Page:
Deploy to Elastic Beanstalk

Now you should be all good to deploy. If the configuration change worked correctly, it should now be possible to connect to your Elastic Beanstalk via HTTPS.

Keep in mind that the changes made by container_commands in 00_apache_ssl.config will remain, even if you roll back your application code.

If you want to roll back any changes made by container_commands, you’ll need to rebuild the Elastic Beanstalk instance.


If you get errors in deployment, you’ll need to log into the Elastic Beanstalk instance and start troubleshooting to figure out what’s causing the error.

To start the process, log into the Elastic Beanstalk instance via eb ssh

Run each of the commands in container_commands individually, to find out if any of the container commands have triggered the error.

Finally, run apachectl configtest to see if it’s the Apache config that’s causing the problem.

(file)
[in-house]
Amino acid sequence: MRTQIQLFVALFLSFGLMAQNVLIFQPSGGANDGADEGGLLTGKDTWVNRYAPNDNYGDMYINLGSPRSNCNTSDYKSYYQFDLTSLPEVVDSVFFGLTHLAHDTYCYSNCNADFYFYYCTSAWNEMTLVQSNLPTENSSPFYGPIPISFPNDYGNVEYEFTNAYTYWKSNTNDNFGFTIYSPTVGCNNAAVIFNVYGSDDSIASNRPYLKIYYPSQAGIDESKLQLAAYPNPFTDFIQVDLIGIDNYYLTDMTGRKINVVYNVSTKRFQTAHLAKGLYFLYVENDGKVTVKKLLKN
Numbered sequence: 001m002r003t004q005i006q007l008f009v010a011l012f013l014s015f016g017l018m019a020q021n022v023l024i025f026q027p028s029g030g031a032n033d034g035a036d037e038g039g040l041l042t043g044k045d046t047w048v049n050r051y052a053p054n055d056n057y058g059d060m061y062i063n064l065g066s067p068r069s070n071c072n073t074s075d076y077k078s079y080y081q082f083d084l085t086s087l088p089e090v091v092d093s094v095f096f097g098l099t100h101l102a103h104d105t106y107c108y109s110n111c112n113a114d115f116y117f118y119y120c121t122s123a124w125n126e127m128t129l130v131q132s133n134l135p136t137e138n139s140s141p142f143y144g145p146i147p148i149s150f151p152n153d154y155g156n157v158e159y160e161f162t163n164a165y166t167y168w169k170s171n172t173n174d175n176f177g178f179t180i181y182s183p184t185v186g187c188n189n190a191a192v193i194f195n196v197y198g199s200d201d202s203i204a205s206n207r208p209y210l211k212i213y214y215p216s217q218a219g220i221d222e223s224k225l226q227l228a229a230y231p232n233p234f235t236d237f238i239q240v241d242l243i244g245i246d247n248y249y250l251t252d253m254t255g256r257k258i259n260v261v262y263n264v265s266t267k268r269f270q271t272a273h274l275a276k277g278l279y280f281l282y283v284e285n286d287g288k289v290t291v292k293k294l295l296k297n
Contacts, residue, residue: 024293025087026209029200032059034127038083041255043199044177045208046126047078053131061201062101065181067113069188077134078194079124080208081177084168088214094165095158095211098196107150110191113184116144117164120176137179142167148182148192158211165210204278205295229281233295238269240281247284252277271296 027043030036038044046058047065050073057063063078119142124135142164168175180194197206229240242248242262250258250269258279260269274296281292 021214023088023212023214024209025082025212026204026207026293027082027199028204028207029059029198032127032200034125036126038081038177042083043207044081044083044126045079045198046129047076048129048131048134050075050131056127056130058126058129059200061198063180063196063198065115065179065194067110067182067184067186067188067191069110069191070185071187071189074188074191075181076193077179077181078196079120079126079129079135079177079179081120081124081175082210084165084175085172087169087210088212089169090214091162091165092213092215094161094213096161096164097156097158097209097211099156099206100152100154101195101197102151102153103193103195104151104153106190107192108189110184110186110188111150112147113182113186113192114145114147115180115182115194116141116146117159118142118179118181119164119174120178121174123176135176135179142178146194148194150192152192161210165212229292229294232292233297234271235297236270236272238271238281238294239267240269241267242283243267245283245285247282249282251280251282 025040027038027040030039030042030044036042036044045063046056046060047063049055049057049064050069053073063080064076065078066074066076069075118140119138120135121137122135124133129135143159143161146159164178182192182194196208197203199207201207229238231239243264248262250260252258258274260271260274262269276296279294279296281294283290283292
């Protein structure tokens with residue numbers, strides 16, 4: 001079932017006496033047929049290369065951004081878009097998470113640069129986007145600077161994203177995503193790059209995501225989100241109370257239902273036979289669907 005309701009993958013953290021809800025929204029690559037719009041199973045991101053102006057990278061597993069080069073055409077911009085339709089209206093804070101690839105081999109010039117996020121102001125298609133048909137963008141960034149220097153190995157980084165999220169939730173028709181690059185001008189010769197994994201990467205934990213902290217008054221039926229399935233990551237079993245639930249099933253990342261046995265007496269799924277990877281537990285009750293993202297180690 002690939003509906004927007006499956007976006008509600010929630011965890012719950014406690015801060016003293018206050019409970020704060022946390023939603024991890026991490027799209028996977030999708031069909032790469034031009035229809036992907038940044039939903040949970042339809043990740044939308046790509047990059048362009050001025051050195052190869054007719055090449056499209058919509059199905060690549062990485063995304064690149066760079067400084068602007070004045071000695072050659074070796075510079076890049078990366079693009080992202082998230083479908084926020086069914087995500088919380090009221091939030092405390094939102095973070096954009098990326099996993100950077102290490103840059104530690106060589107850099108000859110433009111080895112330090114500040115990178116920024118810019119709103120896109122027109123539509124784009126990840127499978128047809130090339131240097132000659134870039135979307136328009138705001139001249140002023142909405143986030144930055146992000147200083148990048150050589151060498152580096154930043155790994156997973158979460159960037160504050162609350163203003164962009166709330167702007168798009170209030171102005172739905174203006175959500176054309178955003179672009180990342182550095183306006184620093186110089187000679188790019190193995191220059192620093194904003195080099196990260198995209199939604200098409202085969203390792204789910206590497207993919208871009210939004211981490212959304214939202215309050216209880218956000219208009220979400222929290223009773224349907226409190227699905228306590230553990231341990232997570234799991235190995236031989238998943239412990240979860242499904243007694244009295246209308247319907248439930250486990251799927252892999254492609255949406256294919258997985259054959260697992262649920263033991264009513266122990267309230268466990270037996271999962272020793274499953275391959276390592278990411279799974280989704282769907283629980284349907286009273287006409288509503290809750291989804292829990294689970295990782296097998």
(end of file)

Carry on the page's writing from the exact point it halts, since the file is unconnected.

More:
Please let me know in the comments below if this blog post needs to be updated.

The certbot –debug flag is currently required on Amazon Linux

If you remove the --debug flag, you might see this error in eb-commandprocessor.log or eb-activity.log:

Amazon Linux support is very experimental at present...
if you would like to work on improving it, please ensure you have backups
and then run this script again with the --debug flag!
Alternatively, you can install OS dependencies yourself and run this script
again with --no-bootstrap.


At the time of writing, the --debug flag is required.

YAML can be error-prone

YAML can be hard to edit, which means that it’s easy to get a parse error in 00_apache_ssl.config

Here’s the kind of error you’ll get if the indentation is wrong in 00_apache_ssl.config

The configuration file .ebextensions/00_apache_ssl.config in application version python-v4 contains invalid YAML or JSON. YAML exception: Invalid Yaml: while parsing a block mapping in "<reader>", line 53, column 5: yum: ^ expected <block end>, but found BlockMappingStart in "<reader>", line 55, column 9: mod24_ssl : [] ^ , JSON exception: Invalid JSON: Unexpected character (r) at position 0.. Update the configuration file.